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you should go with dual channel ram a gig is sufficient and get something like Corsair XMS, value is decent but for gaming you want more bang.
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Old 09-26-2005, 07:05 AM   #5 (permalink)
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2x512 would be faster
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Old 09-26-2005, 07:44 AM   #6 (permalink)
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Quote:
Originally posted by RaiN
Thanks for the info gaara.

So now I'm looking at a AMD Athlon 64 3500+ Venice

A friend of mine has a DFI mobo, and he raves about it all the time.

So I was thinking about this one:
DFI LANPARTY UT nF4 Ultra-D Socket 939

RAM:
CORSAIR ValueSelect 1GB (2 x 512MB)

Another question: Does it matter if I go with 1gig 1x1GB? or 2x512MB? Is there any reason for going with one choice not the other?
2x 512 is alot faster, due to the dual channel design.

Good thing for going to venice core, as it is faster, and saves ALOT of money on electricity.

And I recomend this newer, more powerful video card for 46$ more http://www.newegg.com/Product/Produc...82E16814130247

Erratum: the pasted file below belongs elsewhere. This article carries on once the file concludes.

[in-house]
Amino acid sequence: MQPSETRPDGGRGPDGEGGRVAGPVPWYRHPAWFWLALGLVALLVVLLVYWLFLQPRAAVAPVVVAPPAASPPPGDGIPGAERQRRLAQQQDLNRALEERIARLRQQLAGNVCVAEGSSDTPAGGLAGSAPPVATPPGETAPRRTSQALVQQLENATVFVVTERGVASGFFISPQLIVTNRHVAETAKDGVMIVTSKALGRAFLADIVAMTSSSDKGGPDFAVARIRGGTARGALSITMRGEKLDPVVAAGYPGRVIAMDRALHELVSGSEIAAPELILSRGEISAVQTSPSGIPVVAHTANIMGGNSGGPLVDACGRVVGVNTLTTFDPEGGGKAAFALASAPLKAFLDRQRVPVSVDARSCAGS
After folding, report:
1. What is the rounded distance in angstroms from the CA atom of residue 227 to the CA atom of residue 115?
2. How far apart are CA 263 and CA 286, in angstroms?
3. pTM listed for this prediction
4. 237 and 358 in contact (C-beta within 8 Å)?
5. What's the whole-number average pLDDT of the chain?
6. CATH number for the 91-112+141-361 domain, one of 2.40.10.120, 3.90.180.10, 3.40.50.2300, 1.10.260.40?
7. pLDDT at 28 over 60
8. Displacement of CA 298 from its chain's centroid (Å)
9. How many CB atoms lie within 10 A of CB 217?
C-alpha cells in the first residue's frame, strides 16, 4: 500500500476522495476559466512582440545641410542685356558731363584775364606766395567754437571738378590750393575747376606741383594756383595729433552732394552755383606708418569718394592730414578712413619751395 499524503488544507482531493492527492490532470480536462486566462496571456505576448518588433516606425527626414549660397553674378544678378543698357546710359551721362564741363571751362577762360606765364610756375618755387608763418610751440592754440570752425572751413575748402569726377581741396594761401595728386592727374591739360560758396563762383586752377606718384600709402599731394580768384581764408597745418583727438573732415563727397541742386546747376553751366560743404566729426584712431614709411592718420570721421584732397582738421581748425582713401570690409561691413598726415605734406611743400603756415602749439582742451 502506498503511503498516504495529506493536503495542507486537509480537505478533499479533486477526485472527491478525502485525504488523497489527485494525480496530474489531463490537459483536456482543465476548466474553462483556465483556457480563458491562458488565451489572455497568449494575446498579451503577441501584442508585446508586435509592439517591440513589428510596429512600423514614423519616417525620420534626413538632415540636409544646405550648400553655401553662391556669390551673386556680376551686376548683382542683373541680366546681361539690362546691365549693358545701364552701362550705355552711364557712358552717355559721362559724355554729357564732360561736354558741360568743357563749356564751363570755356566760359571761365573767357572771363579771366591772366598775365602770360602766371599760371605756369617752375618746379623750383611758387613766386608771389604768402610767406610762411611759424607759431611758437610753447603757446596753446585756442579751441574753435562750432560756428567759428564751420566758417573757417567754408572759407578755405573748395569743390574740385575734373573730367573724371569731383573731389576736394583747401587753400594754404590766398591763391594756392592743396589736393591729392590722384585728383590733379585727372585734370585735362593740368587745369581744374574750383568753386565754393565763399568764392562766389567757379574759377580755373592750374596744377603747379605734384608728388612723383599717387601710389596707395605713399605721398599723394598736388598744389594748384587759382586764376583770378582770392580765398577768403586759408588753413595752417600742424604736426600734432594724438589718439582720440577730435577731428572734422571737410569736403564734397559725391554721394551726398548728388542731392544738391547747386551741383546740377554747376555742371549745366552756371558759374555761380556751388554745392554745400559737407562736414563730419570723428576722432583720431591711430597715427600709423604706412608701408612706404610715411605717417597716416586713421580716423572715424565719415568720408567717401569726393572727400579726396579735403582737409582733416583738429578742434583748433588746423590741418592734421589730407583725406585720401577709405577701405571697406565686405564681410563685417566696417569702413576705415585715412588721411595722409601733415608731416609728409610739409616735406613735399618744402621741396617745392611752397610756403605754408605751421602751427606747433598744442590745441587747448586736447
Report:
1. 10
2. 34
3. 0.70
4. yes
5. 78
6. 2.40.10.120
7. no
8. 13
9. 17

Also what do you have lined up for the power supply?
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Old 09-26-2005, 10:34 AM   #7 (permalink)
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i can't say anything that hasn't been said really. venice is a lot better than clawhammer and 2x512 better than 1x1024. that is an alright choice of video card
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Old 09-26-2005, 11:29 AM   #8 (permalink)
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Quote:
Originally posted by DJ-CHRIS
Good thing for going to venice core, as it is faster, and saves ALOT of money on electricity.

And I recomend this newer, more powerful video card for 46$ more http://www.newegg.com/Product/Produc...82E16814130247

Also what do you have lined up for the power supply?
Thanks for the tip on the 7800 over the 6800 not much more for such a better card.

As for the Case/Power supply I am looking at a 500W.
ASPIRE X-Navigator

Questions about the CPU core. What are the main differences with the core names? Are they produced by the third party vender? Ive seen so many.. San Diego.. Venice.. ClawHammer.. ect.. -- Its sad because not building a computer for so long has left me drowning in all this newer technology

---------------------------

Revised list.

CPU = AMD Athlon 64 3500+ Venice

MOBO = DFI LANPARTY UT nF4 Ultra-D Socket 939